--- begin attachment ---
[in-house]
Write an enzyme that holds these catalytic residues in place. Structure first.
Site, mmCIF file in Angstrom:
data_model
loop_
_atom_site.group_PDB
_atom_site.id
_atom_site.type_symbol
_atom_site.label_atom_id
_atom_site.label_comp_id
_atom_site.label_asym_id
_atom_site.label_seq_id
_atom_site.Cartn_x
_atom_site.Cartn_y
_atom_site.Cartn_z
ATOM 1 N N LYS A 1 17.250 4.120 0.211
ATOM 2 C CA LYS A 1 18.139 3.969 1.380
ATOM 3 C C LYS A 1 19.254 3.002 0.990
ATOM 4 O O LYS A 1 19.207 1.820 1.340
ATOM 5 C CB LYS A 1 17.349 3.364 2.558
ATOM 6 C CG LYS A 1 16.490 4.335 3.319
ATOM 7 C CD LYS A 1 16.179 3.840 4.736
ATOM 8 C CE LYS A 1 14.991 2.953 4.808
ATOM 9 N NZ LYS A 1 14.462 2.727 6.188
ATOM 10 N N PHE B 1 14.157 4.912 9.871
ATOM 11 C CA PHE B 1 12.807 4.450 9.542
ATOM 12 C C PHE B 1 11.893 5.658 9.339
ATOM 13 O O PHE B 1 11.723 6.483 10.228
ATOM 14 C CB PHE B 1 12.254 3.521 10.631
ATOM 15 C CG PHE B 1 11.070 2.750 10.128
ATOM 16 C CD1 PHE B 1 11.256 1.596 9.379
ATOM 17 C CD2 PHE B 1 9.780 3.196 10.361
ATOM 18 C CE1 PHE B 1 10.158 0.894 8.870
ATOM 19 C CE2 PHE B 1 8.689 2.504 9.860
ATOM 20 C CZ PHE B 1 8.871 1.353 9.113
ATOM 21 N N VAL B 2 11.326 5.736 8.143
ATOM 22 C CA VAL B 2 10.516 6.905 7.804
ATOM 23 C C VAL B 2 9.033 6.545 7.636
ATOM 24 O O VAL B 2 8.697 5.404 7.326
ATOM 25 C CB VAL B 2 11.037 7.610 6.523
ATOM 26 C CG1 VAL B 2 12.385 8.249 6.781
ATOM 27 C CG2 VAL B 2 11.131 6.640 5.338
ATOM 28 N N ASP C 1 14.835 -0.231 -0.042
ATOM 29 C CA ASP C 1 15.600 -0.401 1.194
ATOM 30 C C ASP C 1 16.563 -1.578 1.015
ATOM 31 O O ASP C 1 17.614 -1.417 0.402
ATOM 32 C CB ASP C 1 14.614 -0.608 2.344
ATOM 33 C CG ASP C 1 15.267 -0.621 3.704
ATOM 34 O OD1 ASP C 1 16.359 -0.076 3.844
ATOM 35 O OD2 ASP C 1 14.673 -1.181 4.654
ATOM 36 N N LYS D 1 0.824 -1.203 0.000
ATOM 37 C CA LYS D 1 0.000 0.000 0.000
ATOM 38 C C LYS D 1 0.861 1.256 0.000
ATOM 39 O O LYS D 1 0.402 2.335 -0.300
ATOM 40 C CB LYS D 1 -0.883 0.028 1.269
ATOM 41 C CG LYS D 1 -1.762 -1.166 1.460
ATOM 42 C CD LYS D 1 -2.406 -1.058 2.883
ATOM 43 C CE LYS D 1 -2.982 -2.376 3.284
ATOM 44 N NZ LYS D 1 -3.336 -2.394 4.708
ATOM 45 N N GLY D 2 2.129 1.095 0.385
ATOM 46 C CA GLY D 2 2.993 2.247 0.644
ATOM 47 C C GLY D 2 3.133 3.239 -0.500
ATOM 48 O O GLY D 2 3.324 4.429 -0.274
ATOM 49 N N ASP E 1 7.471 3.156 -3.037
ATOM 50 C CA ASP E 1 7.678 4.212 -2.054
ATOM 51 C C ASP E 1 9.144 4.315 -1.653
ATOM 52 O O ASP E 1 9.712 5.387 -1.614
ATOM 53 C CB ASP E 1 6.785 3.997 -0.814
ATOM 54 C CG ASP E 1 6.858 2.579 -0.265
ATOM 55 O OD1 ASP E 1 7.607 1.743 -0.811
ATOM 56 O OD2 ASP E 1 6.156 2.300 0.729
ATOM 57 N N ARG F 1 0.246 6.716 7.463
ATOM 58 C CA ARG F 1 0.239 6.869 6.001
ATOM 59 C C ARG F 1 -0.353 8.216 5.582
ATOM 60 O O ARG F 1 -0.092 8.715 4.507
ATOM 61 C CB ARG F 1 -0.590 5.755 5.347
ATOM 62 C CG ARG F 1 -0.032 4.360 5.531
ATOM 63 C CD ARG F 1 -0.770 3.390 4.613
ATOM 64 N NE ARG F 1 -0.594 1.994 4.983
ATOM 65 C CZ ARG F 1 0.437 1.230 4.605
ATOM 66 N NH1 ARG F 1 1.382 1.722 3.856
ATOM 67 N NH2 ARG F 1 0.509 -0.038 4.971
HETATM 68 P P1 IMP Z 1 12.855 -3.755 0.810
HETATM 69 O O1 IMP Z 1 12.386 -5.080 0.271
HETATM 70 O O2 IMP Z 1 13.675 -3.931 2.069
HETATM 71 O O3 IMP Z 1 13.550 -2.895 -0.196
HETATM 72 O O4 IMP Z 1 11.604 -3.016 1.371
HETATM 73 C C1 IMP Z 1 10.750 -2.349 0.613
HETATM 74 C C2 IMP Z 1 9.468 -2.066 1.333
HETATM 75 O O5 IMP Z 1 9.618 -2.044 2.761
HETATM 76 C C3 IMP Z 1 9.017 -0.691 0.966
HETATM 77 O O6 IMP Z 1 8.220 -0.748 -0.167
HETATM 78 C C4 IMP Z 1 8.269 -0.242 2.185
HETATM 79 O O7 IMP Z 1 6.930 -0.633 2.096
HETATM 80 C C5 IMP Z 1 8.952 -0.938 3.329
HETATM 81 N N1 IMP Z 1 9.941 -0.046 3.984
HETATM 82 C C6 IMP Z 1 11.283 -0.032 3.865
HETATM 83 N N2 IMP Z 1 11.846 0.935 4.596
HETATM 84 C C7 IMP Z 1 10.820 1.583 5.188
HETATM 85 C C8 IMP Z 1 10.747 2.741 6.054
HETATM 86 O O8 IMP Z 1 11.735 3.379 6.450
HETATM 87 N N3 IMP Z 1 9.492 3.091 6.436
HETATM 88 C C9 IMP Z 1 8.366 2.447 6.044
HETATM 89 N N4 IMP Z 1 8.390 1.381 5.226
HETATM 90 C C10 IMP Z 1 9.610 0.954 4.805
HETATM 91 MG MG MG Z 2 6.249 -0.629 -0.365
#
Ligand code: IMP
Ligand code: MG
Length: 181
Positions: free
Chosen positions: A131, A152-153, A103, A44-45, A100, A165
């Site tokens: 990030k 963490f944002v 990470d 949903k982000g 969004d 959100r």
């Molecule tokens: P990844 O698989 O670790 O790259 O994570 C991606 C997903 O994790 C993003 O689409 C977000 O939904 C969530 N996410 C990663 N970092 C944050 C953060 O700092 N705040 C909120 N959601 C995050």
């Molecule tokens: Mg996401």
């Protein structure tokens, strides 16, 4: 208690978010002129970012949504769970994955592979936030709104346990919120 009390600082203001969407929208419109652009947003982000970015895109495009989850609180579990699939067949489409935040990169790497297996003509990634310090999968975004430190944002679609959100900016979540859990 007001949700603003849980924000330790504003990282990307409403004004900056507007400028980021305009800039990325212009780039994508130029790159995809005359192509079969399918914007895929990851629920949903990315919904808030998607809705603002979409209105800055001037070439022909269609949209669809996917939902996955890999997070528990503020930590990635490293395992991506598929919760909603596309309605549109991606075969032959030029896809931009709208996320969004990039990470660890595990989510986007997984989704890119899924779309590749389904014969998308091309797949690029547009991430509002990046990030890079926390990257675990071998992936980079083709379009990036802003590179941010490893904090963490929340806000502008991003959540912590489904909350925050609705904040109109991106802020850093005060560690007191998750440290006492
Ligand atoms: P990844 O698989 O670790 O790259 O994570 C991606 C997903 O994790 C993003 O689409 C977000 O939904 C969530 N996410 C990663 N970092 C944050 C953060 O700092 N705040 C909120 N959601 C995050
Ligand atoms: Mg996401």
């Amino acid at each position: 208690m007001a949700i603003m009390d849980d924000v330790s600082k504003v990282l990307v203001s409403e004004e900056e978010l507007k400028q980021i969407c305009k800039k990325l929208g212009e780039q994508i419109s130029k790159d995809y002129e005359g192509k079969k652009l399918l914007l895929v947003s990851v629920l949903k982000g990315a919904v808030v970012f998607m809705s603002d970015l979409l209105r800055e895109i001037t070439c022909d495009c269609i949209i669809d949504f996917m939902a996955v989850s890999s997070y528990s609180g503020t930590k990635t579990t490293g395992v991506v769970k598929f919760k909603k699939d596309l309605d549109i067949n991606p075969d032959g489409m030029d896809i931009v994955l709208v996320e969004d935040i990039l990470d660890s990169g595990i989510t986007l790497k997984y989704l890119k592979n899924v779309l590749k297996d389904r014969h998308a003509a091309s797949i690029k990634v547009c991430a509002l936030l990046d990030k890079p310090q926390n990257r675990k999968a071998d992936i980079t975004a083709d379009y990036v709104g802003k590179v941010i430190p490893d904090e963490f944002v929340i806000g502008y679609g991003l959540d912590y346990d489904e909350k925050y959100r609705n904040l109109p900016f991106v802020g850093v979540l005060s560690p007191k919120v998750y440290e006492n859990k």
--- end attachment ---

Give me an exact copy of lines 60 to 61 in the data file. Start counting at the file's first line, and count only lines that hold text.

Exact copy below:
ATOM 45 N N GLY D 2 2.129 1.095 0.385
ATOM 46 C CA GLY D 2 2.993 2.247 0.644